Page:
Wednesday, 10 March 2010

Pyramid or Ponzi?

Someone called Kevin Foster has been convicted of a range of offences of dishonesty arising out of his business activities. It is reported by the BBC to have been a Pyramid scheme and referred to by the head of the Serious Fraud Office as a Ponzi scheme. Why the different descriptions?

The classic Ponzi scheme was devised and operated by a chap called Ponzi. Who'd have thought it. He persuaded people to pay him money by representing that large profits were to be expected from the investments he made. The principle behind it is very simple.

In Year 1 he gets, say, £1,000 each from 100 different investors, a total income of £100,000. He spends £60,000 to fund his lifestyle and puts the other £40,000 on deposit at the bank earning a little interest. At the end of Year 1 he announces a profit of 20% on the Year 1 investments and pays £200 each to the original 1,000 investors. This costs him £20,000 but he held back £40,000 so he can cover it. They are told they have the option of withdrawing their original investment or leaving it in place and receiving further huge profits in Year 2. Some cash-out but the vast majority like the thought of easy money so they leave it in place. Meanwhile further investors are putting in £1,000 each because they have heard of the success of the scheme.

Year 2 rolls on with the organiser living an even more comfortable life because far more mugs are throwing money at him than in Year 1, but still he holds some back to pay the Year 2 profit and to reimburse anyone who wishes to withdraw. Part of the trick is to minimise pay-outs by persuading punters to leave their annual dividend in the scheme so that it too can earn profits. In Year 2 the fraudster will have to make some payments but he is receiving so much from eager investors that it can be afforded easily.

And so it rolls on. For as long as there is enough coming in from new customers to cover the cost of withdrawals and fund the fraudsters lifestyle he continues the operation.

Of course eventually the day comes when there are too many calls for repayment and the scam is exposed. This is usually caused by a combination of two factors, (i) the fraudster getting too greedy and taking too much for himself and (ii) some external event, such as a recession, that causes people to liquidate investments.

A Pyramid scheme is similar but not identical to a Ponzi scheme. The classic Pyramid scheme does not promise a profit from anything the originator of the scheme does, instead the profit comes introducing new business to the originator. The originator elicits "investments" of, say, £1,000 on condition that a return will only result from introducing further investors. The promise is along the lines of "once you have introduced people making £10,000 of further investment you will receive a commission of £100". So Mr A pays over £1,000 and finds ten gullible friends to do the same. He is then repaid his original £1,000 plus £100 commission. If he wants to, he can make a further £1,000 investment and introduce a further 10 foolish chums in order to make another £100 profit. In order to entice people into the scheme representations are usually made that the funds are invested and the £100 commission can be described in various ways; but always the ability to withdraw your cash and profit is dependent on you introducing a minimum number of further "investors".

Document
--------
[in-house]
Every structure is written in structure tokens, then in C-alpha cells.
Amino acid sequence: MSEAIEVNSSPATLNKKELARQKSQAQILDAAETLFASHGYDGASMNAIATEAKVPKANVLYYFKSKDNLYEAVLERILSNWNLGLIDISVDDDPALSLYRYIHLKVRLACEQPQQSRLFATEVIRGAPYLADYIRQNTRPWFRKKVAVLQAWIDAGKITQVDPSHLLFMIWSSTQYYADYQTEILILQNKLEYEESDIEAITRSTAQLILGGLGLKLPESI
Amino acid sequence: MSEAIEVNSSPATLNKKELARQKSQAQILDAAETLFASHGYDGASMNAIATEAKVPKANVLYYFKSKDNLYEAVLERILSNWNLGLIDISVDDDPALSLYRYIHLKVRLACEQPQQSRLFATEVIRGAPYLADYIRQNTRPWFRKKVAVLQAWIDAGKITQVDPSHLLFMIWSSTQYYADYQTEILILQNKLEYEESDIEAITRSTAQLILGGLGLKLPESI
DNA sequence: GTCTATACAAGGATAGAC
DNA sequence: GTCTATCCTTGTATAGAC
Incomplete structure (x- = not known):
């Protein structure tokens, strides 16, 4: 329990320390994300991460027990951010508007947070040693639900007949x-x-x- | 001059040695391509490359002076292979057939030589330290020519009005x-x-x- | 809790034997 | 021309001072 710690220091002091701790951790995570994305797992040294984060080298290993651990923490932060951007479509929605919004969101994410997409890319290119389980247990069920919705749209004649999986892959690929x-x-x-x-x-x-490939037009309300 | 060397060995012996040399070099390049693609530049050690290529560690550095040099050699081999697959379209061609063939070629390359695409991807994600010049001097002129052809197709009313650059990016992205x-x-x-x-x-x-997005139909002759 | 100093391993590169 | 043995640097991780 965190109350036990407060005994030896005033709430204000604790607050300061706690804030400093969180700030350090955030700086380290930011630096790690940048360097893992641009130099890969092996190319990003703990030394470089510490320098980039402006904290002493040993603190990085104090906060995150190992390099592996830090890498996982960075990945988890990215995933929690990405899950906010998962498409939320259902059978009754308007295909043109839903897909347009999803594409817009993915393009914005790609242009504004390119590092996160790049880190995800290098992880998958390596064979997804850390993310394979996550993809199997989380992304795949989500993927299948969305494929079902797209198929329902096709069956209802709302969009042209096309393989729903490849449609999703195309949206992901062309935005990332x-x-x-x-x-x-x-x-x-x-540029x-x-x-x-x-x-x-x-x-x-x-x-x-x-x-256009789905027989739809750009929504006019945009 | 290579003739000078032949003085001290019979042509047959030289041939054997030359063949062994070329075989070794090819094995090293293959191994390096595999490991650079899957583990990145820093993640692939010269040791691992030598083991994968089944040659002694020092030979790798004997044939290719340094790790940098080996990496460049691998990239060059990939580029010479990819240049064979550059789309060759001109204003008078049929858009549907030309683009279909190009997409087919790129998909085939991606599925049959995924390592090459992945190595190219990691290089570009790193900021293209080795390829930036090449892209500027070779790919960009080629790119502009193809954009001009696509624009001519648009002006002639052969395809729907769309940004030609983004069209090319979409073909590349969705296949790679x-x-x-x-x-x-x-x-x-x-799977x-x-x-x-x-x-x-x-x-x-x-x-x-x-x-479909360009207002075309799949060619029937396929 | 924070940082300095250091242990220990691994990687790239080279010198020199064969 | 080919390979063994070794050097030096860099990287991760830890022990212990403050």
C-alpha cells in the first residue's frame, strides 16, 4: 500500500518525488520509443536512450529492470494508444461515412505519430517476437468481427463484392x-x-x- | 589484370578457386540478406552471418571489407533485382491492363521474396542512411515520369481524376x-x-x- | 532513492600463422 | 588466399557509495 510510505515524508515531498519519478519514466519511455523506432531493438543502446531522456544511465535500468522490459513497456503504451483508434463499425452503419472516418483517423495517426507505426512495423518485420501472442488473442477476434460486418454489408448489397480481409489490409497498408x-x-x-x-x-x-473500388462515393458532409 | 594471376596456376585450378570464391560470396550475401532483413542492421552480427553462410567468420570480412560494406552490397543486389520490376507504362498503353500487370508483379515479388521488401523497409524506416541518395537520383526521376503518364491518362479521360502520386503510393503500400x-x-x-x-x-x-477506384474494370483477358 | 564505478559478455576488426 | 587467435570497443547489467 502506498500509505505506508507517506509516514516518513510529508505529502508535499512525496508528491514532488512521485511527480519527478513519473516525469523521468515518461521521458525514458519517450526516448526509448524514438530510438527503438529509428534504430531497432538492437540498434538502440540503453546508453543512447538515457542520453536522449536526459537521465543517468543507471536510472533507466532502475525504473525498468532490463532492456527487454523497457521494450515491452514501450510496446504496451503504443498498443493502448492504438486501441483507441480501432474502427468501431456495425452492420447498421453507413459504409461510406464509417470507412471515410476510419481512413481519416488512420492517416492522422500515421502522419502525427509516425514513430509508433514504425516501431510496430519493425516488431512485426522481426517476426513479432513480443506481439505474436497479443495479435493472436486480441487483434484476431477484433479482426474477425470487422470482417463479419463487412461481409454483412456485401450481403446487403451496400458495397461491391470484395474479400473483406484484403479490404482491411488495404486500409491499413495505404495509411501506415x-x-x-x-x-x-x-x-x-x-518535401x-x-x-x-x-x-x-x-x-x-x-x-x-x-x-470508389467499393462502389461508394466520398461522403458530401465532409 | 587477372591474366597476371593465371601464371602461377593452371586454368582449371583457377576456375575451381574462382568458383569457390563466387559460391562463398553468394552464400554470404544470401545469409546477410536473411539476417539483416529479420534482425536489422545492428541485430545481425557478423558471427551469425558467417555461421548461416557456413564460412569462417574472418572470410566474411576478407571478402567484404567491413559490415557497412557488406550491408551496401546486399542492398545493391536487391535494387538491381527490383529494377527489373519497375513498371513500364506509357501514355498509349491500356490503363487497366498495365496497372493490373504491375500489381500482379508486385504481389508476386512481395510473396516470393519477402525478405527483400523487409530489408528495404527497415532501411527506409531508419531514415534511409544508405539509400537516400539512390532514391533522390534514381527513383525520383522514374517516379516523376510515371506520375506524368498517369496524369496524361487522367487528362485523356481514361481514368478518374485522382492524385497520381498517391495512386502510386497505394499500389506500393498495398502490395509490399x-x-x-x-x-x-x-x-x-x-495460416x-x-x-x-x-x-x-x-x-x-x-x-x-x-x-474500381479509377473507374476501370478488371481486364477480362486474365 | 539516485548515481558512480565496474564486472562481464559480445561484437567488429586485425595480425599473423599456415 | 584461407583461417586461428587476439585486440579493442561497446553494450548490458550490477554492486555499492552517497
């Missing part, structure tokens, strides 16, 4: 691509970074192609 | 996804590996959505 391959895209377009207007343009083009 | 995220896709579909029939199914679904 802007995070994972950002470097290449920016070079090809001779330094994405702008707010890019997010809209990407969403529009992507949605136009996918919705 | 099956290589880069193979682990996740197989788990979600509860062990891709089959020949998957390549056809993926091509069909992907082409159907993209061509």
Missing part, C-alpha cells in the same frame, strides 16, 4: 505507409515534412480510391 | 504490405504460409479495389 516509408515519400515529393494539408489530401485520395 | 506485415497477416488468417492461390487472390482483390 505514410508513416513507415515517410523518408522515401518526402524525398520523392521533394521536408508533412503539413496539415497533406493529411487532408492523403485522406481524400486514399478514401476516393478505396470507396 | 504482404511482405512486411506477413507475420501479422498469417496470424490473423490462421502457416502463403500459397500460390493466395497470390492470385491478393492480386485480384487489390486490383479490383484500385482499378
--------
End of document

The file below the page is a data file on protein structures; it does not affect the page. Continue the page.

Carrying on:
As in a Ponzi scheme the originator of the Pyramid scam receives money but doesn't do anything to make a profit for anyone other than himself. Both types of scam last for so long as new people pay-in and few people cash-out. The most professionally organised examples involve bogus accounts for fictitious overseas corporations so that there is fine looking paperwork to deflect attention when some awkward bugger asks questions. These schemes can operate for many years but they always eventually collapse because something happens to cause more people to ask for their money back than there is money to pay them.

Although both types of fraud involve taking money from new "investors" to pay profits to existing "investors", under a Ponzi scheme the alleged profit is triggered by the brilliant investments made by the fraudster whereas profits in Pyramid schemes are triggered by conditions about investors introducing new people to the game. Whether Mr Foster operated a Ponzi or a Pyramid scheme, the result is the same - chokey.


sobers said...

Unless you are Her Majesty's Government, in which case you can force people to pay into your Ponzi scheme, or 'National Insurance Fund', by force of law, and ultimately, arms.

Anonymous said...

I'd like to put in a small plea for the original Mr. Ponzi, who didn't start out bad as I understand it. He spotted that international postal warrants could be arbitraged by being bought in one country and refunded in another for more than the original cost. Unfortunately, the practicalities of doing this in the 1920s - transmitting money cross-border, buying the warrants, getting them refunded etc. - meant the whole process was very cumbersome and only possible in small amounts. He had only succeeded in investing a tiny fraction of the funds received when he realised that it would be far easier to steal the money instead of admitting defeat and refunding it.